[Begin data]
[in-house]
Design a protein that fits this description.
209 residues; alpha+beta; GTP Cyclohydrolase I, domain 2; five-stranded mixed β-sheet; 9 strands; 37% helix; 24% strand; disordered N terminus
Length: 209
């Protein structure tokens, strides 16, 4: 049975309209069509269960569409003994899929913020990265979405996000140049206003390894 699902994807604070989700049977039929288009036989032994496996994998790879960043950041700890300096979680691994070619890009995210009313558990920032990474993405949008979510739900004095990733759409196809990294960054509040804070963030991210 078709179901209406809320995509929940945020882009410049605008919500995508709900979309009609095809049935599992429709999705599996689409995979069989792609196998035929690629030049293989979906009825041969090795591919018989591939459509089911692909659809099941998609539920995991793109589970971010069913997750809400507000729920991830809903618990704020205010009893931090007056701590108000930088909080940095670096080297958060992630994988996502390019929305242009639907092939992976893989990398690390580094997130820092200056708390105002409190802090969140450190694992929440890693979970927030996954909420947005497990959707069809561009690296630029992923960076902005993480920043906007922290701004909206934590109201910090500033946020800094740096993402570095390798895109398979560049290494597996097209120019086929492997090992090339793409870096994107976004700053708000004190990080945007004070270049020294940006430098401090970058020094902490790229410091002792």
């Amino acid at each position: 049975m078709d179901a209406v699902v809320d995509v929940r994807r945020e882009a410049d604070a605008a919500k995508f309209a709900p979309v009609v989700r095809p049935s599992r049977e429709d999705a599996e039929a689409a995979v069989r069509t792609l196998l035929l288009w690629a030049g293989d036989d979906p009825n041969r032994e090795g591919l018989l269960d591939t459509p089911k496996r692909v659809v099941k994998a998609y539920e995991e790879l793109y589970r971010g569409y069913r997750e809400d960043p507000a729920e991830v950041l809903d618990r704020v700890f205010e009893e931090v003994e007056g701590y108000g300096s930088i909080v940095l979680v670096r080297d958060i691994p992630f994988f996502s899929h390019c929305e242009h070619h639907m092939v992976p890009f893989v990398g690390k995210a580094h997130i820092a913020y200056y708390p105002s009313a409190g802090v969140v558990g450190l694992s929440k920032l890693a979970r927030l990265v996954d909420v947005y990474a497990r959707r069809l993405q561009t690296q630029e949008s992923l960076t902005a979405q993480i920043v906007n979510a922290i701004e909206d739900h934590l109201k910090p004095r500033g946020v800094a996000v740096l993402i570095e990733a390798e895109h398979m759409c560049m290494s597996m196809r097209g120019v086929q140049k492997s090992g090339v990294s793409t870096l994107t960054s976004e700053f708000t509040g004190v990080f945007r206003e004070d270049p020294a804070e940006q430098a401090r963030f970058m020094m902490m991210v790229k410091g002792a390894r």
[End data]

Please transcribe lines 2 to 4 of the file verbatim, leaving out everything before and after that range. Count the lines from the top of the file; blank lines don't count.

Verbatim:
Design a protein that fits this description.
209 residues; alpha+beta; GTP Cyclohydrolase I, domain 2; five-stranded mixed β-sheet; 9 strands; 37% helix; 24% strand; disordered N terminus
Length: 209